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Fallout from the McKenna staffer resignationJuly 18, 2012 @ 5:39 pm (Updated: 5:48 pm - 7/18/12 )
A staffer for Rob McKenna's campaign for governor has resigned following a controversy about racially insensitive tweets she posted before she joined his election effort. This won't be the last time someone learns a social media lesson the hard way.
A much talked about story The Stranger broke lead to an interesting debate about the subject, with comment threads along these lines:
What someone says on Twitter isn't a big deal. The media is showing its bias by jumping on a non-issue to make the candidate look bad. Conversely, there are those who say the media is protecting McKenna. Others criticized the staffer's apology as missing the point because she focused more on the dangers of tweeting a personal grievance than a realization that her comments were offensive.
Kathlyn Ehl, who started work as a campaign volunteer in April and became a paid policy assistant last month after graduating from the UW, resigned after she had a chance to meet with leaders of the Asian American Coalition.
She deleted the tweets, apologized, deleted her entire Twitter account, apologized again to local Asian Americans, and resigned from the McKenna campaign.
On Twitter, people are sarcastically offering to help Ehl find another job. @NarkyMark tweets, "I'm an Asian with an English degree, so hit me up if you'd like help with your resume. Good ruck job-hunting!"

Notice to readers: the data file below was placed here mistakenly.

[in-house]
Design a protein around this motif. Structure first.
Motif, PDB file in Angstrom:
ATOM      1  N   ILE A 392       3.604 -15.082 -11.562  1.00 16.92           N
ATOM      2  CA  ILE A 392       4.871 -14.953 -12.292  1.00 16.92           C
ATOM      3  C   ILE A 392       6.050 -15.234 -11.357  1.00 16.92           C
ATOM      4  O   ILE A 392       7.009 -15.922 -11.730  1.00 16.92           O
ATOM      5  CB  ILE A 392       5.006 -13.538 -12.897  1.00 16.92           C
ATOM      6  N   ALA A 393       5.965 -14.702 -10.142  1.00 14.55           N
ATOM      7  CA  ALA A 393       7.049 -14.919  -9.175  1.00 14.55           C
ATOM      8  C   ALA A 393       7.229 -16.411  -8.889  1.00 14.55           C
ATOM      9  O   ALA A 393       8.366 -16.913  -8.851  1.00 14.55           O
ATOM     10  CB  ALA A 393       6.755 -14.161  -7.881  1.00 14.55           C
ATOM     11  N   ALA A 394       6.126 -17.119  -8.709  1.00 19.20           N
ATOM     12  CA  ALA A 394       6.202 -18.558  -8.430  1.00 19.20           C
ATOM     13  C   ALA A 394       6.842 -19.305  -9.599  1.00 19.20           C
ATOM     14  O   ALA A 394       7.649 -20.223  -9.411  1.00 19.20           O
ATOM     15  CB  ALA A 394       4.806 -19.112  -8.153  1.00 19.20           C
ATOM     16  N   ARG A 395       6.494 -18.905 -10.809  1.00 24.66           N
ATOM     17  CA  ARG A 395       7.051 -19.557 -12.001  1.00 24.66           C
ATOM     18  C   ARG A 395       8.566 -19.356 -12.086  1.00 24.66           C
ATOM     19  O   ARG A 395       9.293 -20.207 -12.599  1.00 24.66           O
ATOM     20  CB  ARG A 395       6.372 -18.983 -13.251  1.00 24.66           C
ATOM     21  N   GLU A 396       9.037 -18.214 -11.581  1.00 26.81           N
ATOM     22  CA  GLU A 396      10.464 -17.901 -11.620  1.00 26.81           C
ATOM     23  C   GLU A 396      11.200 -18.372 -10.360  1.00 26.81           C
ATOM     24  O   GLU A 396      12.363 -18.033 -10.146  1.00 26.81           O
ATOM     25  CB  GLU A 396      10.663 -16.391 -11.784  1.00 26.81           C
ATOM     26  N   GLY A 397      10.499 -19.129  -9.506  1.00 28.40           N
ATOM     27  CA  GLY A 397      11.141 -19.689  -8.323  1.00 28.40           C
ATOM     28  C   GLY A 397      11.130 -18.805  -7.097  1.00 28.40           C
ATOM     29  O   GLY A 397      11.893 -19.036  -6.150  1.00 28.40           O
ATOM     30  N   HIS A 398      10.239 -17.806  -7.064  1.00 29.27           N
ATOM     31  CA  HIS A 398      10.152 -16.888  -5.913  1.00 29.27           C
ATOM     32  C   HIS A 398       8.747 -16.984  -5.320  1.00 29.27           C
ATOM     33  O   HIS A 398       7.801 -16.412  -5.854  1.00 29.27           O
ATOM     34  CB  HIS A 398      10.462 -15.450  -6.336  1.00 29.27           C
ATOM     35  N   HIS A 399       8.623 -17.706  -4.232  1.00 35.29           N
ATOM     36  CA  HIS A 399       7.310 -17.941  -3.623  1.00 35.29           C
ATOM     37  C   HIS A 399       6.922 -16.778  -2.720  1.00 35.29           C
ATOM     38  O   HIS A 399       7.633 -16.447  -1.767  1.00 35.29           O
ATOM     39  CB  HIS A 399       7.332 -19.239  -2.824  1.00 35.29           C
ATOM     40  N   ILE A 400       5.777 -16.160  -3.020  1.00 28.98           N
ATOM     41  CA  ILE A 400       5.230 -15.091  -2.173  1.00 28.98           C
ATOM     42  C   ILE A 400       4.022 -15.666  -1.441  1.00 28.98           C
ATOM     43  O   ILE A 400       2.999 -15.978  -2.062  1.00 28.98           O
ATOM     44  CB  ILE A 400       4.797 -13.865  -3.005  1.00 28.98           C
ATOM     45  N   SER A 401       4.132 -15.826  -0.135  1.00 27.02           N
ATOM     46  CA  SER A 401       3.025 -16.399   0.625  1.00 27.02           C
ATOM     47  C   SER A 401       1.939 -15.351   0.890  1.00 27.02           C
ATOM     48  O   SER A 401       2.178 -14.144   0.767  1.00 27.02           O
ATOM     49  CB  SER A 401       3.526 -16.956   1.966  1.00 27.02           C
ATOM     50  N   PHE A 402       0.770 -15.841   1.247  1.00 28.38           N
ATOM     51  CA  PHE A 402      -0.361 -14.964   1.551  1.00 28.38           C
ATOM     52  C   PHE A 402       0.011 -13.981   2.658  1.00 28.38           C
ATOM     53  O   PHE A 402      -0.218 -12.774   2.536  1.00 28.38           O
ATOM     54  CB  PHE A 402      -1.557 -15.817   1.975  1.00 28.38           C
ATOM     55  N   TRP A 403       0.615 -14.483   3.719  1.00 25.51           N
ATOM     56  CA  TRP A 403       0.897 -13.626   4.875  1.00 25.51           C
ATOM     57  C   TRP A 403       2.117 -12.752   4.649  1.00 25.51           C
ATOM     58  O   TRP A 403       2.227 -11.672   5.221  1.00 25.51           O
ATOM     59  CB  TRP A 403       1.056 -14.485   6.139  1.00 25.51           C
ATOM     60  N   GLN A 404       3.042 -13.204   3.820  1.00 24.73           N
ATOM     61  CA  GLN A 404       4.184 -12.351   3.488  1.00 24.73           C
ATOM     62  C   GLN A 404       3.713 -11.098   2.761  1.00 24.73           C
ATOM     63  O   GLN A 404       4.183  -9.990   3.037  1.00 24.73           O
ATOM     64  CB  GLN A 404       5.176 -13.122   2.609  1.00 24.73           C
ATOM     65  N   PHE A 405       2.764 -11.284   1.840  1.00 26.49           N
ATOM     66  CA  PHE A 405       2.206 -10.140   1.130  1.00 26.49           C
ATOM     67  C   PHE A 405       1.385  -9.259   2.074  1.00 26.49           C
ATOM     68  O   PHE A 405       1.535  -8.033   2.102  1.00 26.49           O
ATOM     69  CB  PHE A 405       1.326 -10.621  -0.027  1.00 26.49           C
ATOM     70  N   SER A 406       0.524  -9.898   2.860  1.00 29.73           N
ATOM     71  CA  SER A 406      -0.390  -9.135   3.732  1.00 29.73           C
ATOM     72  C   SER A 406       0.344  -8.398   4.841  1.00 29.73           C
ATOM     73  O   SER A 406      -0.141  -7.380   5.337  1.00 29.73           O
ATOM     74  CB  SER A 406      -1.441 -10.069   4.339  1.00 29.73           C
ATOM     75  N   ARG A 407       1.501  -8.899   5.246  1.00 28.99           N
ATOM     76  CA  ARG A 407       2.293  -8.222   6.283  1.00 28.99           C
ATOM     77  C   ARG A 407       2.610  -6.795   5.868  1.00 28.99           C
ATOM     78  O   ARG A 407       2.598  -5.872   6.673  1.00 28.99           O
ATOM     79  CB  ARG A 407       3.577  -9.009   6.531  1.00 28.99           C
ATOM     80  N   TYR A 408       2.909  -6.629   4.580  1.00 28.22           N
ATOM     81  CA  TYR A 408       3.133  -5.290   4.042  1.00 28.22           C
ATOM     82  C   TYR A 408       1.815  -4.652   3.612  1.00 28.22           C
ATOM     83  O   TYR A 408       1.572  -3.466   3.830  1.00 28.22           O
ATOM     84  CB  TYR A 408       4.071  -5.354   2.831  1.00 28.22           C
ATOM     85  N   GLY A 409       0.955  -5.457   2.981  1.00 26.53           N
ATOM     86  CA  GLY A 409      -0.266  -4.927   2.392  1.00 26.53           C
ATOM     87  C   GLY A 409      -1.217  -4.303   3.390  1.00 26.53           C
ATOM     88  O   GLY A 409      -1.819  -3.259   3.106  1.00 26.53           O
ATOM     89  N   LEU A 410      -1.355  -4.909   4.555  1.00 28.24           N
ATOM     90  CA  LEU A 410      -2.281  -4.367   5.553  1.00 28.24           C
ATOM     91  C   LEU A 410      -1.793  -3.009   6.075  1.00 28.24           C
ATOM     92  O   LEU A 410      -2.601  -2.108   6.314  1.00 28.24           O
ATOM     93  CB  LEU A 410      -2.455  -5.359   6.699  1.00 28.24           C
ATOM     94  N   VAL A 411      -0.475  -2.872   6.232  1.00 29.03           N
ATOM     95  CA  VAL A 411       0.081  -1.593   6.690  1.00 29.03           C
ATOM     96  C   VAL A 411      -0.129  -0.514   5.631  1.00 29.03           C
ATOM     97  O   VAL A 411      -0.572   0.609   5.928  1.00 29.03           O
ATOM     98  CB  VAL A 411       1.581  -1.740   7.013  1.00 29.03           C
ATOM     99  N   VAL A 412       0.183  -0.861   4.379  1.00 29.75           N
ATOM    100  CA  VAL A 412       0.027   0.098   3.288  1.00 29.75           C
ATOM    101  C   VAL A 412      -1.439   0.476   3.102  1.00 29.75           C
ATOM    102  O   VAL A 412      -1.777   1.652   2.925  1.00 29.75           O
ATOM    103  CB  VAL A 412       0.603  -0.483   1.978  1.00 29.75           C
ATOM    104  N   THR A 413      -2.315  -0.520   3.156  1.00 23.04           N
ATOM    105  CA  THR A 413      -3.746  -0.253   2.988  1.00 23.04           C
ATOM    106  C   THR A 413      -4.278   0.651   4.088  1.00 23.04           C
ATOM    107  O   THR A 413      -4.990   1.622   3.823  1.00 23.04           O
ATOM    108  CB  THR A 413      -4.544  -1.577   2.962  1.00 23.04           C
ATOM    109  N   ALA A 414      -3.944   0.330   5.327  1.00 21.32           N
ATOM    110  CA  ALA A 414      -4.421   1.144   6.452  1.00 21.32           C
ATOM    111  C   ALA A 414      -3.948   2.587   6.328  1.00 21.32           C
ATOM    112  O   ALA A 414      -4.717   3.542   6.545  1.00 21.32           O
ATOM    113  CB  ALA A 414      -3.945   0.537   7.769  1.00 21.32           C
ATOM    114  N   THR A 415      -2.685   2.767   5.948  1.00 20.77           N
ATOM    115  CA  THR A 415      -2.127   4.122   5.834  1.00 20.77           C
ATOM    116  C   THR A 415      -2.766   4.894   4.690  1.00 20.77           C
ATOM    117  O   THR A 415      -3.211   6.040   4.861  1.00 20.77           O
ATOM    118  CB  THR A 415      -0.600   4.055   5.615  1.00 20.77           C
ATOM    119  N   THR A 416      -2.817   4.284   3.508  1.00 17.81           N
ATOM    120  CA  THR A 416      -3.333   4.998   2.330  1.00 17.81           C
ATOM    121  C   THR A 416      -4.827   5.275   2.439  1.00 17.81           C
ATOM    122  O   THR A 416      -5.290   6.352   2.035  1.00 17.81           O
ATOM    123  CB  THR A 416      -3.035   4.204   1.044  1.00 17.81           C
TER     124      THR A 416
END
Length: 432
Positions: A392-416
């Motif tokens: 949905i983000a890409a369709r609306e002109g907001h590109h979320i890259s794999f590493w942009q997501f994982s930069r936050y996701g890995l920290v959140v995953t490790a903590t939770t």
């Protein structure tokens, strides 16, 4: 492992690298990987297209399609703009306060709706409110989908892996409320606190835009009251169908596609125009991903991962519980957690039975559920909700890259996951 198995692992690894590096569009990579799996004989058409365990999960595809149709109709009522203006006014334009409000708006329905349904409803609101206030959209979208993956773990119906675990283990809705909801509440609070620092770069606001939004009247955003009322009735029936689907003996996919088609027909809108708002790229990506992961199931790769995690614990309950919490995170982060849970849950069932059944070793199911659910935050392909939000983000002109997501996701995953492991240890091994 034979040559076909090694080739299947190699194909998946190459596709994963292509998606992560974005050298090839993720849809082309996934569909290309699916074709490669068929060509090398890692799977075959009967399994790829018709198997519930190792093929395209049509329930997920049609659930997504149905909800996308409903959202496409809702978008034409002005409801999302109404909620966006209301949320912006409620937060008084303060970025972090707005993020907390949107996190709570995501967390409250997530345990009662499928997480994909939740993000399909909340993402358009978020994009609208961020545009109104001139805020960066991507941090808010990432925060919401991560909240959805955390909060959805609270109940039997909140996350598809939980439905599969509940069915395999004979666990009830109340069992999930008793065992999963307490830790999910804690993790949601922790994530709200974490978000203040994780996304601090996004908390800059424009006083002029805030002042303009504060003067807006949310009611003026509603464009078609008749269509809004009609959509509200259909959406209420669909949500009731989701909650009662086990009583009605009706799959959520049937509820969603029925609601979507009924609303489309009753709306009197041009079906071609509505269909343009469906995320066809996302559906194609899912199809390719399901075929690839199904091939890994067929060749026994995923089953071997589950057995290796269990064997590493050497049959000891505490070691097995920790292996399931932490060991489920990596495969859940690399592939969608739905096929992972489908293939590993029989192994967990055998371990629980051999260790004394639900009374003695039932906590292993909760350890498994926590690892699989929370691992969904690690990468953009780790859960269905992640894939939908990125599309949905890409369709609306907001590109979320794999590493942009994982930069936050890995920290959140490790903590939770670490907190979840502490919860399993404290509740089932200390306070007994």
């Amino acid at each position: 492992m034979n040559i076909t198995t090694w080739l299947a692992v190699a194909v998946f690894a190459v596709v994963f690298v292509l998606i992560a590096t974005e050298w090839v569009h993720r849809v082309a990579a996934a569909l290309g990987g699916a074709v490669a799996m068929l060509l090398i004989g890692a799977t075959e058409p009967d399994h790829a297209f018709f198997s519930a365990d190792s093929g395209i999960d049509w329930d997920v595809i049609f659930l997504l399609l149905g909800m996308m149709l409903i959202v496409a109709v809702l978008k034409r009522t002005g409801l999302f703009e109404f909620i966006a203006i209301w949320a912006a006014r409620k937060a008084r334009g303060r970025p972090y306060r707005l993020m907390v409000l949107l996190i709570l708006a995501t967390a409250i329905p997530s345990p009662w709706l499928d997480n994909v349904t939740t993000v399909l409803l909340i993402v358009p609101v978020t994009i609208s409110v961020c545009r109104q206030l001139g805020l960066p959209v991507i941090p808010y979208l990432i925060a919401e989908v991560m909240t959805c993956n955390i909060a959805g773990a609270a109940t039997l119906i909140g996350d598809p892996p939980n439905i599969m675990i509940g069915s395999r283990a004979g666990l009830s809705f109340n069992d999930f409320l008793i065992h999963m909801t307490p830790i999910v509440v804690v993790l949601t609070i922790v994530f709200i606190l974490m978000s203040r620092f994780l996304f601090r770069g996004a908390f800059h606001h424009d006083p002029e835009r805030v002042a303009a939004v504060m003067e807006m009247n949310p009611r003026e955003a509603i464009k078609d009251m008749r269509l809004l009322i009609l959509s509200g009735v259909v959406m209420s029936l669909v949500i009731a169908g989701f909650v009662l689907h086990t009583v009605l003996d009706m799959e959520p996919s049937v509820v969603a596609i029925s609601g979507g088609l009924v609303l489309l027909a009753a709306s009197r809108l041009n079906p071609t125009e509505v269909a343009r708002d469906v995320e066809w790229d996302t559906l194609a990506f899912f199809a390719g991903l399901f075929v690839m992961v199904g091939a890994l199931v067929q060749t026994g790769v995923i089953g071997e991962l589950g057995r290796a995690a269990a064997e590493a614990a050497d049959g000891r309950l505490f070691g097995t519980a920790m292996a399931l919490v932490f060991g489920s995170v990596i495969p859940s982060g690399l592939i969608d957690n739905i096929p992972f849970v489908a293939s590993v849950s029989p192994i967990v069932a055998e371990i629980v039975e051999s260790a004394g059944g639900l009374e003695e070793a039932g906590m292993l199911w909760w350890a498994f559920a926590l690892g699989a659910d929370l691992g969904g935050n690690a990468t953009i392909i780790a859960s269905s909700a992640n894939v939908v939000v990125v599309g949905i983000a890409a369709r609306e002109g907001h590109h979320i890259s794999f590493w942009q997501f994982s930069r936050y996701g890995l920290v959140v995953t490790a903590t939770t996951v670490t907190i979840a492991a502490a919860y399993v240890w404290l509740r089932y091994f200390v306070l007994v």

"As the father of two young women, it pains me to accept the resignation of a young woman for a mistake which occurred before she had even begun her career. However, as we have said, and Kathlyn readily acknowledges, her tweets were offensive and insensitive. Kathlyn suggested, and I agreed after consultation with some of our campaign's grassroots leaders, that her ongoing involvement on the campaign would be a constant reminder of her lapse in judgment," says Randy Pepple, McKenna's campaign manager
"Life teaches us difficult lessons, and sometimes at a very young age. My hope is that she will find some benefit from having learned this lesson now, as it will undoubtedly be a long-lasting one," says Pepple.
This is not the first time a young person has discovered their words, posted on a public forum, are judged harshly.
Some of Congressman Rick Larsen's staffer were fired after they tweeted about not liking their boss, and drinking on the job as they created a December to remember last year. Miss Seattle Jean-Sun Hanna Ahn learned comments about annoying people in Seattle don't go over well in Seattle.
Why can't people tweet what they think? Why does everything have to be so sanitized? Can't someone just let their opinions flow on social media? I hear those questions, generally from people who aren't using social media.
You are what you tweet.
You can say something obnoxious, but realize you're putting that out on a public forum and people will assume you're obnoxious. If you can live with that, tweet away. That tweet is forever, so your future employers will think you're a jerk too. Still okay with that?
What you write in 140 characters says as much about you as something you would say in a public space. If you tweet something offensive, you'll be judged the same as if you walked into Starbucks and loudly said the same thing to everyone in the room.
By LINDA THOMAS
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